Hacker News new | past | comments | ask | show | jobs | submit login

Easier than apps that are better covered by system app integrity protection? I'm not sure what's unclear about this, it's right in the writeup.

If you're talking about installing apps, every installed app needs to be signed (unless you ignore Windows/macOS warnings). If you're talking about injection or modifying program files (be them executables, DLLs, or ASARs) post-install, every app is equally-vulnerable. There is no functional difference between a native app or an Electron app in that regard, so maybe you can clarify what you mean by "system app integrity protection."

so maybe you can clarify

I didn't write this thing, I'm just saying that the claims it makes are not the claims you say it makes. 'Functionally equivalent' is a bit like 'Turing complete' - it makes it easy to say something so true it's not actually interesting.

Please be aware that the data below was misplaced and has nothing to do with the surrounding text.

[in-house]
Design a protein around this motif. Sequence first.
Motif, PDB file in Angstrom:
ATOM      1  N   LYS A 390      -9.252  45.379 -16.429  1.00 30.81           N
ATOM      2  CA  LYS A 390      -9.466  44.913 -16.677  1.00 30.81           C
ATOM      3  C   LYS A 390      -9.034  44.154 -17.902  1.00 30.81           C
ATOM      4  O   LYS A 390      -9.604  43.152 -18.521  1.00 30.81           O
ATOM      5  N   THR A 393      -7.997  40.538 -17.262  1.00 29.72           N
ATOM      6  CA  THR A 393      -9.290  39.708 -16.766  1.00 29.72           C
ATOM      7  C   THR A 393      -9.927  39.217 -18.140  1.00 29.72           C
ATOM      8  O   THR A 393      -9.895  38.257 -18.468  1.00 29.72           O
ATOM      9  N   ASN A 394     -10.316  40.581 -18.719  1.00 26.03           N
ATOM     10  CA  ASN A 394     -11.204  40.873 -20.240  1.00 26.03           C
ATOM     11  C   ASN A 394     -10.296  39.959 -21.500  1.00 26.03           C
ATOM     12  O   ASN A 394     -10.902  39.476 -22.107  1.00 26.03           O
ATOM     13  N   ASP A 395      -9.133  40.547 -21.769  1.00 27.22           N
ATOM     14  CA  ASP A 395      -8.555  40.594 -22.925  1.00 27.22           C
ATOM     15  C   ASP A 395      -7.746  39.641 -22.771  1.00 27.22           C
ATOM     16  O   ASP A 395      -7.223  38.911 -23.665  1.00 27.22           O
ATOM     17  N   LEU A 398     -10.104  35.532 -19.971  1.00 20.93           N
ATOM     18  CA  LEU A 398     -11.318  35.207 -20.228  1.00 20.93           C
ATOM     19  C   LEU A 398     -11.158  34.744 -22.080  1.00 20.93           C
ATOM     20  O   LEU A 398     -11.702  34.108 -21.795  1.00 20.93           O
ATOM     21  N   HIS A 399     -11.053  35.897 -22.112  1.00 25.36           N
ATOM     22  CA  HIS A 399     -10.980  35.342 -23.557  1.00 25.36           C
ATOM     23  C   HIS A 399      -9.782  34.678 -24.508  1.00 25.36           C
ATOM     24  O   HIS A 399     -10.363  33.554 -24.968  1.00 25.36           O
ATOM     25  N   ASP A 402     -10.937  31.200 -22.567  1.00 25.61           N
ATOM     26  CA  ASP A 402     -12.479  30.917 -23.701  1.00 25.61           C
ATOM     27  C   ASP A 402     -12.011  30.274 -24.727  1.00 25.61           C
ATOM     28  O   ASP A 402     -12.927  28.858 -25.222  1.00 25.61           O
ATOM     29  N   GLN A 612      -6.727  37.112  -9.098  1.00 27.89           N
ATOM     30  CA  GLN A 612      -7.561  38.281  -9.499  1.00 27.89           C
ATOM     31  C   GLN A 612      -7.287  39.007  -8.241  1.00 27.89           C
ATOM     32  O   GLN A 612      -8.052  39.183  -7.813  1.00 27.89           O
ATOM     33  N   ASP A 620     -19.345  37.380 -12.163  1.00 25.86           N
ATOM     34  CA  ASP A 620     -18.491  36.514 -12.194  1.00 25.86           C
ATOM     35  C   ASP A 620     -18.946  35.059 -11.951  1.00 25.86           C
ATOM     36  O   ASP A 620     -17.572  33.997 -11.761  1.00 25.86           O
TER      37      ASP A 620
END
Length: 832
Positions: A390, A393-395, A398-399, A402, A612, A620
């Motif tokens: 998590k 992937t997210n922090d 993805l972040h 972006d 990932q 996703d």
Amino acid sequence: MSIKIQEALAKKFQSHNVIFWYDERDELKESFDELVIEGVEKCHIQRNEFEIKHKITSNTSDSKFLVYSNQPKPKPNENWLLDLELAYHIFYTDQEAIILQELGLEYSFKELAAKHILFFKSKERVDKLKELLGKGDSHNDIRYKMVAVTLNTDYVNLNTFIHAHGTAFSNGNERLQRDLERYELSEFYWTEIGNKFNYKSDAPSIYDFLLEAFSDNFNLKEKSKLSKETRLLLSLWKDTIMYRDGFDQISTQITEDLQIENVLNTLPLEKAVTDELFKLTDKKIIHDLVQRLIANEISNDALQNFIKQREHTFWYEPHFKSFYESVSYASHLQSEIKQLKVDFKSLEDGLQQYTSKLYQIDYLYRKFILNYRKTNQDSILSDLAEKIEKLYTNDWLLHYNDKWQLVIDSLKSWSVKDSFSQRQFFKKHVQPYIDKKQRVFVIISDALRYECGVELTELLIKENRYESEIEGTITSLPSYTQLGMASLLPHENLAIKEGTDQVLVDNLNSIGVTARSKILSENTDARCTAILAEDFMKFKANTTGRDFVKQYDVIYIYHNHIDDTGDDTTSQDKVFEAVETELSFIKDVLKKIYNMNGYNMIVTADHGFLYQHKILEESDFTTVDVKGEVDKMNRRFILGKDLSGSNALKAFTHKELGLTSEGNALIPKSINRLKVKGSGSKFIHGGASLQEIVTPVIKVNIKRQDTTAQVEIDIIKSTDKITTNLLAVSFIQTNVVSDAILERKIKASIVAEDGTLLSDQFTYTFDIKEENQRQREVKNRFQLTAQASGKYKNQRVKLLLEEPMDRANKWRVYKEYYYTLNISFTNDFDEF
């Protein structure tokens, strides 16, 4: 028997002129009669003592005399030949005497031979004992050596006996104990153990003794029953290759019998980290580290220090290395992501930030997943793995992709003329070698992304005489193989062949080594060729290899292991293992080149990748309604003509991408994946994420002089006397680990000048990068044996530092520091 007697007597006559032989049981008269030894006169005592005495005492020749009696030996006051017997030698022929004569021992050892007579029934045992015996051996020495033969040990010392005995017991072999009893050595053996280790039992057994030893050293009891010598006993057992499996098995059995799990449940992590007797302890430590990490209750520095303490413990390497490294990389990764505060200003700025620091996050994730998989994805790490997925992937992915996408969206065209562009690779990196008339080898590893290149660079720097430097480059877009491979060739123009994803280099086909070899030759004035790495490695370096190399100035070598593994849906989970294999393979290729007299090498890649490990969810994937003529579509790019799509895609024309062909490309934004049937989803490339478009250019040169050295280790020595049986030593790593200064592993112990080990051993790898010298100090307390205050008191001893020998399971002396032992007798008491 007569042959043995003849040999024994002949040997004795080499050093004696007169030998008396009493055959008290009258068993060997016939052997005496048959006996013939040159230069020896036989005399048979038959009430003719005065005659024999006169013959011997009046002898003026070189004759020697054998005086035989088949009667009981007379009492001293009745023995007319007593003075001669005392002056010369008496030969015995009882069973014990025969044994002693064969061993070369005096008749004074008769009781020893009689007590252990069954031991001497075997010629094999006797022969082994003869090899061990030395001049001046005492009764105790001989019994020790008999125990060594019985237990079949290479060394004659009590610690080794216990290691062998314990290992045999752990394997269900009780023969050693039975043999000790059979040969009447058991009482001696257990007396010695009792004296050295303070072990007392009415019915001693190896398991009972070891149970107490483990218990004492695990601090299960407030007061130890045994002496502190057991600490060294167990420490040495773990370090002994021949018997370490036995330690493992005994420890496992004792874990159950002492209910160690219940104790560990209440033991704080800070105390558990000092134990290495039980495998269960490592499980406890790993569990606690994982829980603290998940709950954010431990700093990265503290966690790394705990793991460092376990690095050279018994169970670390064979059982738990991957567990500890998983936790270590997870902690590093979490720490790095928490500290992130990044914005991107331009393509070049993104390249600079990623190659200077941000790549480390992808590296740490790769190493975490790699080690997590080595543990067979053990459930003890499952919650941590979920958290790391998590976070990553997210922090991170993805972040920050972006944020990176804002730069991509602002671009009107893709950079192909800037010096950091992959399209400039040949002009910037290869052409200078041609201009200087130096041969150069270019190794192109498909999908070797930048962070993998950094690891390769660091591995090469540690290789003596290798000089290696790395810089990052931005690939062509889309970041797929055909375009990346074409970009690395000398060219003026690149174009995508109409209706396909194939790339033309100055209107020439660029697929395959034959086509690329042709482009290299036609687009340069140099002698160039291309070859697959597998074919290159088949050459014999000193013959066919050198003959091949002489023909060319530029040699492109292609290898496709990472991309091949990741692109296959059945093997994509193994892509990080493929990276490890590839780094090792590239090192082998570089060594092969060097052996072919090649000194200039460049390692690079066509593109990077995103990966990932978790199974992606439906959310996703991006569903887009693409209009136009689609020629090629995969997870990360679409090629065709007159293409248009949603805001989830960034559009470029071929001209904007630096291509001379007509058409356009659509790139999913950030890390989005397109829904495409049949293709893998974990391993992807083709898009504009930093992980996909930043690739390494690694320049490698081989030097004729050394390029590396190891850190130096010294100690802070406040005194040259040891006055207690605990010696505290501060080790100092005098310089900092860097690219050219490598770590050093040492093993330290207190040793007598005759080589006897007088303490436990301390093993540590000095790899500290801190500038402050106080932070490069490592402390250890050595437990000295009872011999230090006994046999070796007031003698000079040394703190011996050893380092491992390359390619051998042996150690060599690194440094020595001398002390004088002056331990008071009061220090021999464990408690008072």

It's not some major discovery or controversial claim that Electron apps are an even more convenient and easier-to-leverage vector for exploitation than regular old binaries. But writing some blog post about it (they didn't give the vuln a name, they didn't rent it shoes, they aren't buying it a beer) does not warrant the weird invective you're throwing at it.

I wasn't trying to be snippy, I genuinely didn't understand what you meant since the term "system app integrity protection" isn't anywhere in the original blog post. Also, just to clarify, by "functionally equivalent" I meant "exactly the same."

Applications are open for YC Winter 2020

Guidelines | FAQ | Support | API | Security | Lists | Bookmarklet | Legal | Apply to YC | Contact